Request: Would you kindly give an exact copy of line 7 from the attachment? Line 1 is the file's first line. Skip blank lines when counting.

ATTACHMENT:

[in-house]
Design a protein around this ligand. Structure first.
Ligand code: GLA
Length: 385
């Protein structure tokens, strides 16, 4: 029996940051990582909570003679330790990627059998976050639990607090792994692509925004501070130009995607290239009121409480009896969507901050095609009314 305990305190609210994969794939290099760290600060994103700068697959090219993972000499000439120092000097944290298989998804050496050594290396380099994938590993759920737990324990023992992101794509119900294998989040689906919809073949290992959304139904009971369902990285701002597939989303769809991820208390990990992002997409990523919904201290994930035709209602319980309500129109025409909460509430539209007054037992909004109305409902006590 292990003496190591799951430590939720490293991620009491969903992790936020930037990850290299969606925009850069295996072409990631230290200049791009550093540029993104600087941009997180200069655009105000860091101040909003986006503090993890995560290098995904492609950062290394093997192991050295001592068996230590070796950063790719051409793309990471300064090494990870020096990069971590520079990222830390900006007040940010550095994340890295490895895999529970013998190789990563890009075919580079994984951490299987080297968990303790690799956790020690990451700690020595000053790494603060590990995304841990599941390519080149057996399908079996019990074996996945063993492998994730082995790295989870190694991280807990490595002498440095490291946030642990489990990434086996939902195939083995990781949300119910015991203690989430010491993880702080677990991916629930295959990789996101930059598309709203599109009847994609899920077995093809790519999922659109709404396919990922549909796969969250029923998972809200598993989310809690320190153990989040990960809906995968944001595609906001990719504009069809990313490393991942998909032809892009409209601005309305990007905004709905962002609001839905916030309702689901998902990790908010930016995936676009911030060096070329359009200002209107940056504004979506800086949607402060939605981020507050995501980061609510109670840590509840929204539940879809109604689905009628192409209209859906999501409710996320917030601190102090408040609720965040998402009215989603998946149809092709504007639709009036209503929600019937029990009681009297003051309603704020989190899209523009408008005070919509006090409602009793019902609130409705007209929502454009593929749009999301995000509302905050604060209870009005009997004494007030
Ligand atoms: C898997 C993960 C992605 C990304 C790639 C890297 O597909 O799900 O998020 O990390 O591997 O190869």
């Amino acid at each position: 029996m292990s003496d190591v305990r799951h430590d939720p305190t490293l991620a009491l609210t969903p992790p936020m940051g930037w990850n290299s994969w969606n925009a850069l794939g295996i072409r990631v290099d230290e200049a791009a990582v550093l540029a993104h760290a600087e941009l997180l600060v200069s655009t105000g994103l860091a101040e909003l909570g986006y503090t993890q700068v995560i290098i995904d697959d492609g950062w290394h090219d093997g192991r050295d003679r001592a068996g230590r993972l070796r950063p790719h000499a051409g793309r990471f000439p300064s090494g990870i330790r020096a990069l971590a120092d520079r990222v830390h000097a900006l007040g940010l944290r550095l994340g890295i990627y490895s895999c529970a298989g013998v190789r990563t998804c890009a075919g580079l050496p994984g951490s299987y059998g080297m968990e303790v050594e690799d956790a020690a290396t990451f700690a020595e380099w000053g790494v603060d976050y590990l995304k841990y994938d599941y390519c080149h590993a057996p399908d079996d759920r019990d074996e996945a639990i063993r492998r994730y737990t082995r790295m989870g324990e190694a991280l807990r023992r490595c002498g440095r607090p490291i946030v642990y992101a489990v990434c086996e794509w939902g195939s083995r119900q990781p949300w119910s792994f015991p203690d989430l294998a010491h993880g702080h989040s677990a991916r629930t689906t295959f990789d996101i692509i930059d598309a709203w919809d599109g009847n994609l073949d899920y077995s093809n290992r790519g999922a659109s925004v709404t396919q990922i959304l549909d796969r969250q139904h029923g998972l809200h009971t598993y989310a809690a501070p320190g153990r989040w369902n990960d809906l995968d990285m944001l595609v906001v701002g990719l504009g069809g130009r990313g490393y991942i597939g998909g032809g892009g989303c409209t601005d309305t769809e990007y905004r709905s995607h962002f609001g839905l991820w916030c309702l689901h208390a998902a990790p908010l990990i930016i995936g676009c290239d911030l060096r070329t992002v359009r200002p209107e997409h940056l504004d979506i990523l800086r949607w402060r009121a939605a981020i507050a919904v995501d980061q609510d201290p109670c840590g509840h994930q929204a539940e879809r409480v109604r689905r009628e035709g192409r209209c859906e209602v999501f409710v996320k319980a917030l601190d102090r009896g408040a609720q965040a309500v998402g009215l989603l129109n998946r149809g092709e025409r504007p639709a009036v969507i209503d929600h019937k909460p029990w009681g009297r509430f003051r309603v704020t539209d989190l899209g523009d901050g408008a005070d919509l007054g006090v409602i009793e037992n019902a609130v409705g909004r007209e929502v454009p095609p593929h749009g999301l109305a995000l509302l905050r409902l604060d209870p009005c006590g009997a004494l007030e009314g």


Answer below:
């Amino acid at each position: 029996m292990s003496d190591v305990r799951h430590d939720p305190t490293l991620a009491l609210t969903p992790p936020m940051g930037w990850n290299s994969w969606n925009a850069l794939g295996i072409r990631v290099d230290e200049a791009a990582v550093l540029a993104h760290a600087e941009l997180l600060v200069s655009t105000g994103l860091a101040e909003l909570g986006y503090t993890q700068v995560i290098i995904d697959d492609g950062w290394h090219d093997g192991r050295d003679r001592a068996g230590r993972l070796r950063p790719h000499a051409g793309r990471f000439p300064s090494g990870i330790r020096a990069l971590a120092d520079r990222v830390h000097a900006l007040g940010l944290r550095l994340g890295i990627y490895s895999c529970a298989g013998v190789r990563t998804c890009a075919g580079l050496p994984g951490s299987y059998g080297m968990e303790v050594e690799d956790a020690a290396t990451f700690a020595e380099w000053g790494v603060d976050y590990l995304k841990y994938d599941y390519c080149h590993a057996p399908d079996d759920r019990d074996e996945a639990i063993r492998r994730y737990t082995r790295m989870g324990e190694a991280l807990r023992r490595c002498g440095r607090p490291i946030v642990y992101a489990v990434c086996e794509w939902g195939s083995r119900q990781p949300w119910s792994f015991p203690d989430l294998a010491h993880g702080h989040s677990a991916r629930t689906t295959f990789d996101i692509i930059d598309a709203w919809d599109g009847n994609l073949d899920y077995s093809n290992r790519g999922a659109s925004v709404t396919q990922i959304l549909d796969r969250q139904h029923g998972l809200h009971t598993y989310a809690a501070p320190g153990r989040w369902n990960d809906l995968d990285m944001l595609v906001v701002g990719l504009g069809g130009r990313g490393y991942i597939g998909g032809g892009g989303c409209t601005d309305t769809e990007y905004r709905s995607h962002f609001g839905l991820w916030c309702l689901h208390a998902a990790p908010l990990i930016i995936g676009c290239d911030l060096r070329t992002v359009r200002p209107e997409h940056l504004d979506i990523l800086r949607w402060r009121a939605a981020i507050a919904v995501d980061q609510d201290p109670c840590g509840h994930q929204a539940e879809r409480v109604r689905r009628e035709g192409r209209c859906e209602v999501f409710v996320k319980a917030l601190d102090r009896g408040a609720q965040a309500v998402g009215l989603l129109n998946r149809g092709e025409r504007p639709a009036v969507i209503d929600h019937k909460p029990w009681g009297r509430f003051r309603v704020t539209d989190l899209g523009d901050g408008a005070d919509l007054g006090v409602i009793e037992n019902a609130v409705g909004r007209e929502v454009p095609p593929h749009g999301l109305a995000l509302l905050r409902l604060d209870p009005c006590g009997a004494l007030e009314g």